WHY DO REALTORS GET PAID SO MUCH?
Realtors spend a lot of time justifying their paycheck. When we discuss marketing a home with our customers we often see looks of shock or bewilderment when we discuss our commission.
Realtors get paid a commission on every sale. The percentage of that commission varies based on the sales price of the home. A multi-million dollar home will offer a smaller sales commission percentage than an average price home.
The average sales commission is a total of 6 percent paid by the homeowner at closing. Six percent seems like a lot of money right?!?
Well let's break it down....
Let's pretend that 6% is a great big, huge, yummy cookie. The homeowner is asked to part with the whole cookie. But, who gets to eat that entire delicious delight? NO ONE..no one gets to eat the full cookie (6%).
In most successful sales and closings there are two real estate brokerage firms involved. The seller's agent and the buyer's agent. Sometimes the listing agent will also bring the buyer but usually there is another agent involved. Which means, right away the cookie is split in half.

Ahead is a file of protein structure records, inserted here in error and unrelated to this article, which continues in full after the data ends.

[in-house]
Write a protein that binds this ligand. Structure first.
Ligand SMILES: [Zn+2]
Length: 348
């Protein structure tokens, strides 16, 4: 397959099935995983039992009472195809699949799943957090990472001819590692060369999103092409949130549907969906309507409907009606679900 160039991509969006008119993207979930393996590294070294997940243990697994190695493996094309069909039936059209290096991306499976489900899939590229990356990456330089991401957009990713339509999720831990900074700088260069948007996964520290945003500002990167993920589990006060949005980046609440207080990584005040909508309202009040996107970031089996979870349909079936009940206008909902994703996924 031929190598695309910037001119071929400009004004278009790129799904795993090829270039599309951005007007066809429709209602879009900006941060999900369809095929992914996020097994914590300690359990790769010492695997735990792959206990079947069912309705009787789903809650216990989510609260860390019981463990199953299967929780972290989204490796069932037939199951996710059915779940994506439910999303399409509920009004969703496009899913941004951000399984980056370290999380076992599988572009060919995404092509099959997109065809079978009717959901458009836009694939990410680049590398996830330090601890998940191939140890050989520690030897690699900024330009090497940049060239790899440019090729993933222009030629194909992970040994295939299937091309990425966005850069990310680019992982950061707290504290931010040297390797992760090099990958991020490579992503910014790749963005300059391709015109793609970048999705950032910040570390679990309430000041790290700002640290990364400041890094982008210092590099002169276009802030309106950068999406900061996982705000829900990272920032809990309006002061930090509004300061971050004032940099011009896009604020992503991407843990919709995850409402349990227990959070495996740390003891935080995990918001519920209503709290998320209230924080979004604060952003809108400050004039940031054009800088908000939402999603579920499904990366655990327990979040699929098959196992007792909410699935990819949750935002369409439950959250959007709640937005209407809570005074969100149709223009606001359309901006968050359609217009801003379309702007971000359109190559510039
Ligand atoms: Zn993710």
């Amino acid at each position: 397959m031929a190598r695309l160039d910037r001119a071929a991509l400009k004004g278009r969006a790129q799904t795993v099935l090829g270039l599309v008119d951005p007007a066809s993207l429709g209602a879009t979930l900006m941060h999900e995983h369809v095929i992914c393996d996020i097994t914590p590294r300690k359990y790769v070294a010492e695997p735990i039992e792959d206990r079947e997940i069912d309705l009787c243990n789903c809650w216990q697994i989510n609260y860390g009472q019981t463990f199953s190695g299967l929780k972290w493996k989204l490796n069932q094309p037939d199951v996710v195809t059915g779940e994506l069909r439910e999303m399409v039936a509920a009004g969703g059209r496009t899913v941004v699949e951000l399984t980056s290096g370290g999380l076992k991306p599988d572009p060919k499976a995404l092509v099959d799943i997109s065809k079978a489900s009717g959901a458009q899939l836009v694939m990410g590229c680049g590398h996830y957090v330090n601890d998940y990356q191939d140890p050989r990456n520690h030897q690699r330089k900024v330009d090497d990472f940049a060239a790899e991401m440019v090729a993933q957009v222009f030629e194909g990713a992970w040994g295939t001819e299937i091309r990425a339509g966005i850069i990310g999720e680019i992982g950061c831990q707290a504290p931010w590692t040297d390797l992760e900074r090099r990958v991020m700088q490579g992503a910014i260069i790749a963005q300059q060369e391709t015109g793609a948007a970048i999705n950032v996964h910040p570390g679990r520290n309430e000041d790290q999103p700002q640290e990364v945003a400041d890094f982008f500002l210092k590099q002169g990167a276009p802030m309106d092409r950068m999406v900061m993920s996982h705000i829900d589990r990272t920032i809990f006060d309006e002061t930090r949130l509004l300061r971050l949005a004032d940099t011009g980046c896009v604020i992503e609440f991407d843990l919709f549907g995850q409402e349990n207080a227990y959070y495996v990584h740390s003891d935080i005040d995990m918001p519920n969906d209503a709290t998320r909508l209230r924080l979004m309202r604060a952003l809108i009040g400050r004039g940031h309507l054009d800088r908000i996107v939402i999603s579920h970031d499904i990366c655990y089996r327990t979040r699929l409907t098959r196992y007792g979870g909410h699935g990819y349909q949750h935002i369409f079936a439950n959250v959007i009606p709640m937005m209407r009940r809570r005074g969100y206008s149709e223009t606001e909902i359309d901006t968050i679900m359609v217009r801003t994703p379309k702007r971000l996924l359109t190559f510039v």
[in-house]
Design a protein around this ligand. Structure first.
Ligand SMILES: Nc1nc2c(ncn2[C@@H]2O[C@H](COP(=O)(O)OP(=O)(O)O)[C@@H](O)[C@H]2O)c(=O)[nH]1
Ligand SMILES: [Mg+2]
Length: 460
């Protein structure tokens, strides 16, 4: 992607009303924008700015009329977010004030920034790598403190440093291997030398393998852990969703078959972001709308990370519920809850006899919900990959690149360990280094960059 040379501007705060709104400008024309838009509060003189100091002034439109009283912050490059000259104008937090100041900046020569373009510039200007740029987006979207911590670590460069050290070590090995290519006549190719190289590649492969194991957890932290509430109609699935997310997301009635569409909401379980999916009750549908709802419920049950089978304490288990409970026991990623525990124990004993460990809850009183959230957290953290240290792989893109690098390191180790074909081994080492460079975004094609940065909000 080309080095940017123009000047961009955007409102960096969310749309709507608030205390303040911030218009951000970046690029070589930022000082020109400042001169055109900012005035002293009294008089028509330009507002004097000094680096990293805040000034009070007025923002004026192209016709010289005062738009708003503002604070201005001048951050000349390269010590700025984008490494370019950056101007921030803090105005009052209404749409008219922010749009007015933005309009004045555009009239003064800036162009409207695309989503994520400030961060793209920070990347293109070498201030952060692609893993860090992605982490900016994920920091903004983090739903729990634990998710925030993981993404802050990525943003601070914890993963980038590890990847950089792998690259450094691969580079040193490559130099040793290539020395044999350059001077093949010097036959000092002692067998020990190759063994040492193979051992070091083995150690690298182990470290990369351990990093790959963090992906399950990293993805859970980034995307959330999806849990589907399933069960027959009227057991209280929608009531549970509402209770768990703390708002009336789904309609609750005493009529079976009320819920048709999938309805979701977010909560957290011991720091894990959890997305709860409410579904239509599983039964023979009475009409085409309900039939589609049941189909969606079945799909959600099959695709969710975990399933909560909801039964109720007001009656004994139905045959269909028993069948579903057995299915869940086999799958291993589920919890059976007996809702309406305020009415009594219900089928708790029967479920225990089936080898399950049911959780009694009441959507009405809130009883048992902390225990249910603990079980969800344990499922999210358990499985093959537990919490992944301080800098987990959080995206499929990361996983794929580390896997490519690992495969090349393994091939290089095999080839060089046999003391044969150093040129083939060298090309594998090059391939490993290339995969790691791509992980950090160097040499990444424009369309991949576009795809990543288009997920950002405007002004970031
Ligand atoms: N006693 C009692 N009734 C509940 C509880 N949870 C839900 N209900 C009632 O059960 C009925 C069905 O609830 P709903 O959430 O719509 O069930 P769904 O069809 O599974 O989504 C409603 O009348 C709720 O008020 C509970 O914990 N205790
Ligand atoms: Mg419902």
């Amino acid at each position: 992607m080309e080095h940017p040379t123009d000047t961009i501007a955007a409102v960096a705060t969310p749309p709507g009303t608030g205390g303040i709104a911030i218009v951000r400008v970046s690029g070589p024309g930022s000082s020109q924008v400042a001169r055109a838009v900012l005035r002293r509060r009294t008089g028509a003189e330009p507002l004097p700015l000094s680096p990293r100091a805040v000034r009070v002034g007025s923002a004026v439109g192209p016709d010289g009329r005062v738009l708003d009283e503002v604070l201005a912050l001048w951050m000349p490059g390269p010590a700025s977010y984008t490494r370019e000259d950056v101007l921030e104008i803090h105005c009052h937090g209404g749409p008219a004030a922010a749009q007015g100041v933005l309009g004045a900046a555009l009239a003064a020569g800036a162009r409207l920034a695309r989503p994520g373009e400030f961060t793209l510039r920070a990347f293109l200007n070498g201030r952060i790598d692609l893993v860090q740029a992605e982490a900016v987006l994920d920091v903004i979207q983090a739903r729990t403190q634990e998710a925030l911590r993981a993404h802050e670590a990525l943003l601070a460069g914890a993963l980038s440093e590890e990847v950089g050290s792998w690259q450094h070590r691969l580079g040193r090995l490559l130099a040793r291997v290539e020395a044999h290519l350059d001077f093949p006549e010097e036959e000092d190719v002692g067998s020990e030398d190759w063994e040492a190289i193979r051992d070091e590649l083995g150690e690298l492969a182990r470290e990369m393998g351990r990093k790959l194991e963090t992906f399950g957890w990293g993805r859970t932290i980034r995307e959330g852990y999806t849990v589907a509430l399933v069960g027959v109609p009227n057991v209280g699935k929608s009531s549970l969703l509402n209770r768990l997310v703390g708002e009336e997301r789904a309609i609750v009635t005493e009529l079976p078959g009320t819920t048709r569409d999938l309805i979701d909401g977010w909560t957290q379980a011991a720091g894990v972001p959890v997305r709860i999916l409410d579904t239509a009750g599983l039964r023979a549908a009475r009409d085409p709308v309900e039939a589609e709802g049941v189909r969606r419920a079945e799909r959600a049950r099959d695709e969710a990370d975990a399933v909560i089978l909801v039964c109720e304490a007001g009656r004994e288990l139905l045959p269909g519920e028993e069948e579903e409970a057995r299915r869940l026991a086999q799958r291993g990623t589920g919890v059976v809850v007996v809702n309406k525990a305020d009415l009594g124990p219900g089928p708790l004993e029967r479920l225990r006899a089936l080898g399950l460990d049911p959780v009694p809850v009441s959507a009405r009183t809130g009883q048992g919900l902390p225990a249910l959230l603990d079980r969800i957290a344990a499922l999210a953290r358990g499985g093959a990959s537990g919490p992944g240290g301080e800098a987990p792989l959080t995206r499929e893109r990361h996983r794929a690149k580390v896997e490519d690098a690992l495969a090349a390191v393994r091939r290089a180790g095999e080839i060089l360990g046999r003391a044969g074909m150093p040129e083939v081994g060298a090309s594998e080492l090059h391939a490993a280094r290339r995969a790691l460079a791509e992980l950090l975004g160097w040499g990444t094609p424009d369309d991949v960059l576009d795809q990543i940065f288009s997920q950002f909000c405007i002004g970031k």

Half a cookie is still pretty awesome though. However, realtors are independent contractors. They are not employees of a firm in the traditional sense. They do not earn a salary. They have no benefits, no health care, no IRA. They are responsible for filing and paying their own taxes every year. In fact, realtors pay their brokerage firm a portion of every commission check for the privilege of being affiliated with that firm. And in the state of Florida a realtor must be affiliated with a licensed, registered, active broker to do business.
So now the realtor must share their half cookie. On average a third of the half will go to the brokerage firm. Another third will go to taxes and health insurance etc. This leaves a third of the half cookie which must cover the realtor's living expenses and the realtor's cost of doing business. (The average real estate brokerage firm does not cover all of the costs of properly marketing a home. Realtors pay for photography, advertising, open house expenses etc.).
This means that for a $300,000 house the homeowner pays $18,000 in realtor fees at closing. However, their realtor may only receive a check for $3000 on that sale. So we aren't being greedy when we decline to lower our fee. We are looking after the homeowner's best interests and ours. If we lower our commission, we are also lowering the potential buyers agent's commission and reducing the budget that we can allocate to marketing that home. When our common goal is the most efficient and profitable sale of a property, reducing our commission is a disservice to all parties involved.
AND THAT'S THE WAY THE COOKIE CRUMBLES!